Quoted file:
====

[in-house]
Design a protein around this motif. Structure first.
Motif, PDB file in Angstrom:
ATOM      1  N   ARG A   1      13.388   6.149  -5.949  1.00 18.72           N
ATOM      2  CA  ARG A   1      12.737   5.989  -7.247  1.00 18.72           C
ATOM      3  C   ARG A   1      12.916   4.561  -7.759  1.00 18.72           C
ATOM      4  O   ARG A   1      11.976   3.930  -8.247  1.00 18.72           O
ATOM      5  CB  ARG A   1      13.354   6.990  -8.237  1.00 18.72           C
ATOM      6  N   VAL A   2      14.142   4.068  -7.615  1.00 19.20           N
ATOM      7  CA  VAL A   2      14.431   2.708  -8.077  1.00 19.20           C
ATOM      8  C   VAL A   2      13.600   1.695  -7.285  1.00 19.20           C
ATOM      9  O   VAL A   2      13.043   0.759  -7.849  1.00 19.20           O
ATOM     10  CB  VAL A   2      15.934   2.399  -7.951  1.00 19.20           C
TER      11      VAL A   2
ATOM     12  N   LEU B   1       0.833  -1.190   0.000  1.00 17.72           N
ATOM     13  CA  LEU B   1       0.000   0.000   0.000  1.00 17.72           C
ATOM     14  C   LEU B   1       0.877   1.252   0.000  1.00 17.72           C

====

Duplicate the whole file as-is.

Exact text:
[in-house]
Design a protein around this motif. Structure first.
Motif, PDB file in Angstrom:
ATOM      1  N   ARG A   1      13.388   6.149  -5.949  1.00 18.72           N
ATOM      2  CA  ARG A   1      12.737   5.989  -7.247  1.00 18.72           C
ATOM      3  C   ARG A   1      12.916   4.561  -7.759  1.00 18.72           C
ATOM      4  O   ARG A   1      11.976   3.930  -8.247  1.00 18.72           O
ATOM      5  CB  ARG A   1      13.354   6.990  -8.237  1.00 18.72           C
ATOM      6  N   VAL A   2      14.142   4.068  -7.615  1.00 19.20           N
ATOM      7  CA  VAL A   2      14.431   2.708  -8.077  1.00 19.20           C
ATOM      8  C   VAL A   2      13.600   1.695  -7.285  1.00 19.20           C
ATOM      9  O   VAL A   2      13.043   0.759  -7.849  1.00 19.20           O
ATOM     10  CB  VAL A   2      15.934   2.399  -7.951  1.00 19.20           C
TER      11      VAL A   2
ATOM     12  N   LEU B   1       0.833  -1.190   0.000  1.00 17.72           N
ATOM     13  CA  LEU B   1       0.000   0.000   0.000  1.00 17.72           C
ATOM     14  C   LEU B   1       0.877   1.252   0.000  1.00 17.72           C